Eric Flaim

Inducted April 26, 2003

A four time Olympian (1988, 1992, 1994, 1998) and holder of two silver medals (1500m Long Track, 1988; 5000m Short Track relay, 1994), Eric is the first American to medal in two different winter Olympic sports. Eric established World records in the 1500m in Long Track (unofficial, 1988 Olympics) and 1500m Short Track (1993 World, Beijing, China). Between 1983 and 1995 Eric won numerous Long Track and Short Track championships, including the USISA Championships (Long Track 1988, 1989, 1990, and 1992; Short Track 1994, 1995), World All-Around Championship (1988), 1500m overall World Cup Championship (1992) and was consistently near the top year after year. Eric retired after the 1995 season to return and qualify as a member of the 1998 Olympic Team where he was selected as flag bearer for the opening ceremonies. Eric has served as the President of the Northeast Speedskating Association and as the U.S. Speedskating Short Track Program Director between 1998 and 2000. He established the Eric Flaim Foundation in 1998 to foster the development of programs to enrich children’s lives through sport. Eric is currently the U.S. Speedskating Eastern Regional Coach. He was inducted to the National Speedskating Hall of Fame on April 26, 2003 in Anaheim, California.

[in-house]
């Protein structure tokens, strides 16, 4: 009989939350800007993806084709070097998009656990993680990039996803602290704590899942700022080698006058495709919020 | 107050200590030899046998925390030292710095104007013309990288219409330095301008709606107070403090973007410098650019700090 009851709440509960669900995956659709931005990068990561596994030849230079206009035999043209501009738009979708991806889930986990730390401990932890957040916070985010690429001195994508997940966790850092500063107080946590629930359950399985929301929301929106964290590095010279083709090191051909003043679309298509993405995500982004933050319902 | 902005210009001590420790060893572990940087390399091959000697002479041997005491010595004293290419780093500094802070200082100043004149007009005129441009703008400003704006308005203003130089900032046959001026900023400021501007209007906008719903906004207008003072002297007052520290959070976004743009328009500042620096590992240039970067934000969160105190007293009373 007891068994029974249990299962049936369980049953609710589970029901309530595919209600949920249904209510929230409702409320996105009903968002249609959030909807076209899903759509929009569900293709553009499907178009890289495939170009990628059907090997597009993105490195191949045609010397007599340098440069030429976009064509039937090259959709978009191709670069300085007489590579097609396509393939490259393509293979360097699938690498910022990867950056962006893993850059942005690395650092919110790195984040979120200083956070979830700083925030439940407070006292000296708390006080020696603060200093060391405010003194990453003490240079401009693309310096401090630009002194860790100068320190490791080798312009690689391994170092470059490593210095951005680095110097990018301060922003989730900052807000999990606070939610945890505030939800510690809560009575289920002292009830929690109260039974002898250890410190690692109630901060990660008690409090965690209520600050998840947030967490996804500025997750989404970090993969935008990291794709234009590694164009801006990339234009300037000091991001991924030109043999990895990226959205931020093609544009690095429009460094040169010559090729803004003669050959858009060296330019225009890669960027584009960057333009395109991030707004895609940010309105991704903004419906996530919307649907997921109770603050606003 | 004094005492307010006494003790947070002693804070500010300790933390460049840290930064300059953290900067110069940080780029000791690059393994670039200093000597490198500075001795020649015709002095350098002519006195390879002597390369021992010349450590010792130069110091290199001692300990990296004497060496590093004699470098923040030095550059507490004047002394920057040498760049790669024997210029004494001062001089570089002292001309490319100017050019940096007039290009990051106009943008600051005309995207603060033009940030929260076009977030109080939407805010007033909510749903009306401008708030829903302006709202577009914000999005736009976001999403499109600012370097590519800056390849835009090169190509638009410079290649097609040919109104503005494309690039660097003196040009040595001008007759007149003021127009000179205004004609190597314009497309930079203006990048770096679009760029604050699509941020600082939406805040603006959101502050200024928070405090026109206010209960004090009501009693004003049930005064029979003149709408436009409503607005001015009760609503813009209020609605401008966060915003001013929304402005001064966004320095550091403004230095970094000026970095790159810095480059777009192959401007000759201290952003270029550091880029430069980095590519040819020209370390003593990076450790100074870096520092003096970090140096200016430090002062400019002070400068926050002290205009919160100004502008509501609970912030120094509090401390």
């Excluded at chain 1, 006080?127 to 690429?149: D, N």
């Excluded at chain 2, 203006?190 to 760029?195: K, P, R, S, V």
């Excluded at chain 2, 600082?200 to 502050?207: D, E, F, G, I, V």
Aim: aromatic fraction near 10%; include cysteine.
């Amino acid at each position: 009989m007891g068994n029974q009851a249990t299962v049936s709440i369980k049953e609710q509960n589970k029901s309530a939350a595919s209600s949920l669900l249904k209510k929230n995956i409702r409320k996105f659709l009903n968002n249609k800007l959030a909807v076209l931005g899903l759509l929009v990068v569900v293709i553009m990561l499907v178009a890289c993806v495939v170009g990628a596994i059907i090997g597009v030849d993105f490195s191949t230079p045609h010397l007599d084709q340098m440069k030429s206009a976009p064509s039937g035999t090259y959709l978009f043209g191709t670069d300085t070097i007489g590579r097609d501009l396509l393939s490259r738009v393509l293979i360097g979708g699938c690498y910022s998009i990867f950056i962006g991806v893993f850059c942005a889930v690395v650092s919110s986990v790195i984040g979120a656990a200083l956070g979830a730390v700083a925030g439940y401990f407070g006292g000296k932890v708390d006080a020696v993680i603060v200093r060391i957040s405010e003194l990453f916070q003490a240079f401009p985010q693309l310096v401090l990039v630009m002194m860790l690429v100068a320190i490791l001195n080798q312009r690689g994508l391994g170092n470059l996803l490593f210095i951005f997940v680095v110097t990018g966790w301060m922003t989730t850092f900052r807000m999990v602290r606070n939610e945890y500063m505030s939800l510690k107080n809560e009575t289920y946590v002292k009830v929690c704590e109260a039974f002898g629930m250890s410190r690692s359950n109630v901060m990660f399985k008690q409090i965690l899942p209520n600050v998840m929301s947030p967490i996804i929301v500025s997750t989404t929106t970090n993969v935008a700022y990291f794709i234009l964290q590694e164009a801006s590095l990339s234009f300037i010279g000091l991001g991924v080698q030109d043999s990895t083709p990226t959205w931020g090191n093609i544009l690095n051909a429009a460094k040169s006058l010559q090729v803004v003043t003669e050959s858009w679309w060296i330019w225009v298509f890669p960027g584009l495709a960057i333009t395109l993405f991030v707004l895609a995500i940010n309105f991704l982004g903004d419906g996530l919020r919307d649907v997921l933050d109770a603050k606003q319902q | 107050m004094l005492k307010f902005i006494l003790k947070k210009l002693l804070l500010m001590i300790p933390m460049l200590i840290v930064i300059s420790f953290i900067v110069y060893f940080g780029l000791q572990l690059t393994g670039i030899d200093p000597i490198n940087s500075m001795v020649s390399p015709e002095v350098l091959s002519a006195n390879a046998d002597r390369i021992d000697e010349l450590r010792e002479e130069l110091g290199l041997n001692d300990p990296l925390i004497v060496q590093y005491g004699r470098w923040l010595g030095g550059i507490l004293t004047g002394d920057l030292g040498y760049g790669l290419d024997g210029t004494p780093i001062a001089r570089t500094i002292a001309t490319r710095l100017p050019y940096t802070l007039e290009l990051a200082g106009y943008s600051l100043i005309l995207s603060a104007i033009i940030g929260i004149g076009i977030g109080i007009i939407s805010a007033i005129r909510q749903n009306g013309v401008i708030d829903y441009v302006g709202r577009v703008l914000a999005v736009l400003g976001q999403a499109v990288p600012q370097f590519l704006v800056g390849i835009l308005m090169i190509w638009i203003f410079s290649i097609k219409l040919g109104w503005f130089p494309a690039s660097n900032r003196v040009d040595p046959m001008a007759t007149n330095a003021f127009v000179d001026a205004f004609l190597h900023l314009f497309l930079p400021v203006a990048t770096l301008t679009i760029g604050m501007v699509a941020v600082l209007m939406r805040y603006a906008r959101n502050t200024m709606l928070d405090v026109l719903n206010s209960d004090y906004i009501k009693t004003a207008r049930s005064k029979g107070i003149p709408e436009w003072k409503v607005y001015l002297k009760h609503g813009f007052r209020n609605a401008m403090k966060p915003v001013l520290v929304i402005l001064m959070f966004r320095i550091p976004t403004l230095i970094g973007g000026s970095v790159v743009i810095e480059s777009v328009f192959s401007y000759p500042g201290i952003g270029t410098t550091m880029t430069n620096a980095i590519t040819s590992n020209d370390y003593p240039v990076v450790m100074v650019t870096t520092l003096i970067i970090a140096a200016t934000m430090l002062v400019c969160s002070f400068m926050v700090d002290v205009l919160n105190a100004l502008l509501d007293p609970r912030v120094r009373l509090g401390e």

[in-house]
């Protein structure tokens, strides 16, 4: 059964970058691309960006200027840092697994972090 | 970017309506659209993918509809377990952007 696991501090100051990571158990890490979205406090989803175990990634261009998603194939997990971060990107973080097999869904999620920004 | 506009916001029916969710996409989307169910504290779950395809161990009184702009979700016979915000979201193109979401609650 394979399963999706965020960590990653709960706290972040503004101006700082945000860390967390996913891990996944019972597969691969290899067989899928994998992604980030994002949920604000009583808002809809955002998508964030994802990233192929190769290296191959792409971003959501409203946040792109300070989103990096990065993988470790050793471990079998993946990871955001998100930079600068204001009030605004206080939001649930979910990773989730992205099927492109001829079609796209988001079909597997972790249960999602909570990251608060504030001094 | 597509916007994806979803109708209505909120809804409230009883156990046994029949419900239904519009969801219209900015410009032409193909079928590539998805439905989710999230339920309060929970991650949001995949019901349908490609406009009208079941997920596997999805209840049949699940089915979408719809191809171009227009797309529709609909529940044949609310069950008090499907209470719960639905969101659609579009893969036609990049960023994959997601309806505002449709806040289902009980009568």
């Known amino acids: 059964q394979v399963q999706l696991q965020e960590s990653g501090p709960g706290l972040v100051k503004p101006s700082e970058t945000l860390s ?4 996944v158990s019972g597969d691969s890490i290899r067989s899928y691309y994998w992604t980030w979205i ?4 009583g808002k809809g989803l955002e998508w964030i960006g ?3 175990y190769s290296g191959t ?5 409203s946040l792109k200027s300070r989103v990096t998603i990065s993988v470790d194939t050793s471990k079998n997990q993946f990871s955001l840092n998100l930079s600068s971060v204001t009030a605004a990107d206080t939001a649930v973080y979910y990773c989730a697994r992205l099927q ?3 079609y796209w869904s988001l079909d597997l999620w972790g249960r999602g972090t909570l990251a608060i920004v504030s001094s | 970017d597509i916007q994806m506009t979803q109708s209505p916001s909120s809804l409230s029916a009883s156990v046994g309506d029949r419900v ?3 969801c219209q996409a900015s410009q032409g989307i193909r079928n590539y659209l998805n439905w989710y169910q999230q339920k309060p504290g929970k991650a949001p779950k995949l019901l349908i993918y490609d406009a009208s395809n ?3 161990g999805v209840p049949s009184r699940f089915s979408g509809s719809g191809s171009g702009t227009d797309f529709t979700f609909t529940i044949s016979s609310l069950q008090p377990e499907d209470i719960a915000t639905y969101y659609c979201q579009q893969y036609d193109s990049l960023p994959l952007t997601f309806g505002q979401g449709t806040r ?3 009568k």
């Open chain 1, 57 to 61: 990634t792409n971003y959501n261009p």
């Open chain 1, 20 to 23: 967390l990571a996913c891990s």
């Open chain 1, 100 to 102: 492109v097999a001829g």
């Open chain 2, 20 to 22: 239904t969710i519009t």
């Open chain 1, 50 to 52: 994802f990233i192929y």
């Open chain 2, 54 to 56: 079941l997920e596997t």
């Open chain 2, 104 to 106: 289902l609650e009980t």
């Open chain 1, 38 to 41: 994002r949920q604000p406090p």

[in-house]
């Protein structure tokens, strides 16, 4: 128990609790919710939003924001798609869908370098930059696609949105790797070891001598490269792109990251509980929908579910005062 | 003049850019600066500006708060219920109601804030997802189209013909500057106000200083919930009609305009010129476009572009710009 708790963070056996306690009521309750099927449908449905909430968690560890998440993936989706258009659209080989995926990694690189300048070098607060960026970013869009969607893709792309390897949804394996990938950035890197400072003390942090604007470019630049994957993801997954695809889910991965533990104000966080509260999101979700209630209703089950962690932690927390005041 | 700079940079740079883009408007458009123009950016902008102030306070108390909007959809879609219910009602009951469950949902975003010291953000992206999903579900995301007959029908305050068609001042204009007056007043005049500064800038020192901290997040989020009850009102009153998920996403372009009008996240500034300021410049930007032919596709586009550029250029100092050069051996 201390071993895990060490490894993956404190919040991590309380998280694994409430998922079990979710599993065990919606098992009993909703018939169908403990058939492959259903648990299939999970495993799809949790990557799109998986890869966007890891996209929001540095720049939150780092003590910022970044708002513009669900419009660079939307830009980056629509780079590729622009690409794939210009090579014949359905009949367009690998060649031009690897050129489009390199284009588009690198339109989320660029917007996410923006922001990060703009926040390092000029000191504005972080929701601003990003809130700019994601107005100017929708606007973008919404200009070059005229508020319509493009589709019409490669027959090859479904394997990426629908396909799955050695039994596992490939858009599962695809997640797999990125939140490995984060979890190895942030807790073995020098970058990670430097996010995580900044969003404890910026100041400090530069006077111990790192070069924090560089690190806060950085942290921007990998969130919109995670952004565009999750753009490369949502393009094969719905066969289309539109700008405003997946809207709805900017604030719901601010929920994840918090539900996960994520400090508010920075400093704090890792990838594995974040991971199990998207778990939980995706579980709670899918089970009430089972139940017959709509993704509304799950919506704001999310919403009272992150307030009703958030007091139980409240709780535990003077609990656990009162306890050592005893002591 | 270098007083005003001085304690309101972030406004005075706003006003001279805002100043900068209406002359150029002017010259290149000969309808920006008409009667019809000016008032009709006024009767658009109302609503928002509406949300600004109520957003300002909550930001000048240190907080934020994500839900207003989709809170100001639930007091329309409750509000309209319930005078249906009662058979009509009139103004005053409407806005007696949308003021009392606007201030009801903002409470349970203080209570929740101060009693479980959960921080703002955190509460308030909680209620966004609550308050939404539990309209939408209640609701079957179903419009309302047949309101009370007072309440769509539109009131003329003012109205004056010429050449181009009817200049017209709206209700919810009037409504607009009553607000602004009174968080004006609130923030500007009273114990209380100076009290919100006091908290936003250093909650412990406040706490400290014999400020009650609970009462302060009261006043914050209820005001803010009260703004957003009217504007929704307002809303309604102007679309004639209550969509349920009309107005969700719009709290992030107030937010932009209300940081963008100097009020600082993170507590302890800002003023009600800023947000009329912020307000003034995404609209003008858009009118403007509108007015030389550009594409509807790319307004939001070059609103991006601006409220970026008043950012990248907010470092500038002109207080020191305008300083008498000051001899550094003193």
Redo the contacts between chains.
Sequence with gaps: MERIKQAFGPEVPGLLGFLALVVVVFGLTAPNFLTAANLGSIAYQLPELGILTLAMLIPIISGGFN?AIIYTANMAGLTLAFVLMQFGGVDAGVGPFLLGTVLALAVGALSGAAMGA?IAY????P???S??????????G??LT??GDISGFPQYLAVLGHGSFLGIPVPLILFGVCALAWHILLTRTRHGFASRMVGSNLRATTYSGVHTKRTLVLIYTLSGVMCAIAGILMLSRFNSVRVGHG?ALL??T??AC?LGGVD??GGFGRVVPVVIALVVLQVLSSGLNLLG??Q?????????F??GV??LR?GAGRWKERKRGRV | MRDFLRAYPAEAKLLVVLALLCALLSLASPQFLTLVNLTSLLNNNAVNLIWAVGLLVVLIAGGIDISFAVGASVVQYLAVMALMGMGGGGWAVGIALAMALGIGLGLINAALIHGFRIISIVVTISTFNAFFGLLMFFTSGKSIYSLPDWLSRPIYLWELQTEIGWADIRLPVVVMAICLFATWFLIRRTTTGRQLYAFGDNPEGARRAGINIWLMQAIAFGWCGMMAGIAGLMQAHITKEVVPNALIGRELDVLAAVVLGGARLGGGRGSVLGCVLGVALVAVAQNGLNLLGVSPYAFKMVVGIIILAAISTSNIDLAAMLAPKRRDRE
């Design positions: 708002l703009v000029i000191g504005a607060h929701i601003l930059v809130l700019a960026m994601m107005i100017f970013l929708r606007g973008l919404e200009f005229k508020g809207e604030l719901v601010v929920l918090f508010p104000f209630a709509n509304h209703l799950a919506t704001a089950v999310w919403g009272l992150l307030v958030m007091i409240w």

Four-time Olympic speed skater Eric Flaim carries the United States flag into the Olympic Stadium February 7 in Nagano Japan as he leads his team into the 1998 Winter Olympic Games opening ceremony.
Starting out as a short track skater, Flaim switched to long track for his international career. In his second senior season, he surprised at the World Sprint Championships by winning the second 1000 m and taking the overall bronze. At the Olympics, starting the week later, Flaim broke the World Record in the 1500 m, only to see [Andre Hoffmann] go even faster two pairs later. He closed out the season by unexpectedly winning the World Allround Championships, although the event at the highland rink of Medeo was influenced by weather changes. In the next years, Flaim had a hard time reaching his 1988 level, especially when he suffered a knee injury in 1990. After the Albertville Olympics, he switched back to short-track speed skating, which had now also gained Olympic medal status. Just two years later, he won his second Olympic silver medal, this time as part of the American short track relay team.

Personal Bests: 500 36.98 (1988); 1000 1:13.53 (1988); 1500 1:52.12 (1988); 5000 6:47.09 (1988); 10000 14:05.57 (1988).